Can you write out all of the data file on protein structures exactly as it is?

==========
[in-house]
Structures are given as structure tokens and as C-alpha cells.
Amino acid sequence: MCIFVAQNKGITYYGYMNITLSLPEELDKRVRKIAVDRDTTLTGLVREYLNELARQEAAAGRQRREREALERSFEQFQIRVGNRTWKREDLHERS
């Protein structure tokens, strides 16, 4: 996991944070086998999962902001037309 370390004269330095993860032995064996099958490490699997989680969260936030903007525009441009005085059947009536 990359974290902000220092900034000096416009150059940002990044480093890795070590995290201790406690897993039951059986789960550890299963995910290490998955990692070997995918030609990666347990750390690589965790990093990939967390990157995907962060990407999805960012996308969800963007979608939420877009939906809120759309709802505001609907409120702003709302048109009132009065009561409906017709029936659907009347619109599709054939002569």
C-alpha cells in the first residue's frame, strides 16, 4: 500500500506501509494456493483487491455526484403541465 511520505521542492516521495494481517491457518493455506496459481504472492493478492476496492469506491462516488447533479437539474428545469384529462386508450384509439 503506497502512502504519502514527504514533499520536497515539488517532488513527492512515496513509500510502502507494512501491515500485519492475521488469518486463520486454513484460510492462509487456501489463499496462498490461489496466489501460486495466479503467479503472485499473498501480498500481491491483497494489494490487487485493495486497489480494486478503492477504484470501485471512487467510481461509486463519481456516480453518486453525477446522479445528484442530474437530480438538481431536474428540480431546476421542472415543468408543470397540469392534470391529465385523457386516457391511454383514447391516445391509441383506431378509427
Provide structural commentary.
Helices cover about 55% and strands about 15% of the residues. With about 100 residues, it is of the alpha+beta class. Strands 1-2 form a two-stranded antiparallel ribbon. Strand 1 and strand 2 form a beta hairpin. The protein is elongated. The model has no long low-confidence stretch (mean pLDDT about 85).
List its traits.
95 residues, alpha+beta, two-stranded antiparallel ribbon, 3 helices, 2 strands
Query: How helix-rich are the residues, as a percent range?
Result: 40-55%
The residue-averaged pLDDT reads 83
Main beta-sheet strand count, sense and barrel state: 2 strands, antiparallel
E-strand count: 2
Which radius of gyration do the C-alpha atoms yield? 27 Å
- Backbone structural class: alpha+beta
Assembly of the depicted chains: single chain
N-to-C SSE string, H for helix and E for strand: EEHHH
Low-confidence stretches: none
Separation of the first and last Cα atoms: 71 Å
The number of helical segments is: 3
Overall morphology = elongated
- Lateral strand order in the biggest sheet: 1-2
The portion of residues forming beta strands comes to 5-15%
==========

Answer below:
[in-house]
Structures are given as structure tokens and as C-alpha cells.
Amino acid sequence: MCIFVAQNKGITYYGYMNITLSLPEELDKRVRKIAVDRDTTLTGLVREYLNELARQEAAAGRQRREREALERSFEQFQIRVGNRTWKREDLHERS
């Protein structure tokens, strides 16, 4: 996991944070086998999962902001037309 370390004269330095993860032995064996099958490490699997989680969260936030903007525009441009005085059947009536 990359974290902000220092900034000096416009150059940002990044480093890795070590995290201790406690897993039951059986789960550890299963995910290490998955990692070997995918030609990666347990750390690589965790990093990939967390990157995907962060990407999805960012996308969800963007979608939420877009939906809120759309709802505001609907409120702003709302048109009132009065009561409906017709029936659907009347619109599709054939002569």
C-alpha cells in the first residue's frame, strides 16, 4: 500500500506501509494456493483487491455526484403541465 511520505521542492516521495494481517491457518493455506496459481504472492493478492476496492469506491462516488447533479437539474428545469384529462386508450384509439 503506497502512502504519502514527504514533499520536497515539488517532488513527492512515496513509500510502502507494512501491515500485519492475521488469518486463520486454513484460510492462509487456501489463499496462498490461489496466489501460486495466479503467479503472485499473498501480498500481491491483497494489494490487487485493495486497489480494486478503492477504484470501485471512487467510481461509486463519481456516480453518486453525477446522479445528484442530474437530480438538481431536474428540480431546476421542472415543468408543470397540469392534470391529465385523457386516457391511454383514447391516445391509441383506431378509427
Provide structural commentary.
Helices cover about 55% and strands about 15% of the residues. With about 100 residues, it is of the alpha+beta class. Strands 1-2 form a two-stranded antiparallel ribbon. Strand 1 and strand 2 form a beta hairpin. The protein is elongated. The model has no long low-confidence stretch (mean pLDDT about 85).
List its traits.
95 residues, alpha+beta, two-stranded antiparallel ribbon, 3 helices, 2 strands
Query: How helix-rich are the residues, as a percent range?
Result: 40-55%
The residue-averaged pLDDT reads 83
Main beta-sheet strand count, sense and barrel state: 2 strands, antiparallel
E-strand count: 2
Which radius of gyration do the C-alpha atoms yield? 27 Å
- Backbone structural class: alpha+beta
Assembly of the depicted chains: single chain
N-to-C SSE string, H for helix and E for strand: EEHHH
Low-confidence stretches: none
Separation of the first and last Cα atoms: 71 Å
The number of helical segments is: 3
Overall morphology = elongated
- Lateral strand order in the biggest sheet: 1-2
The portion of residues forming beta strands comes to 5-15%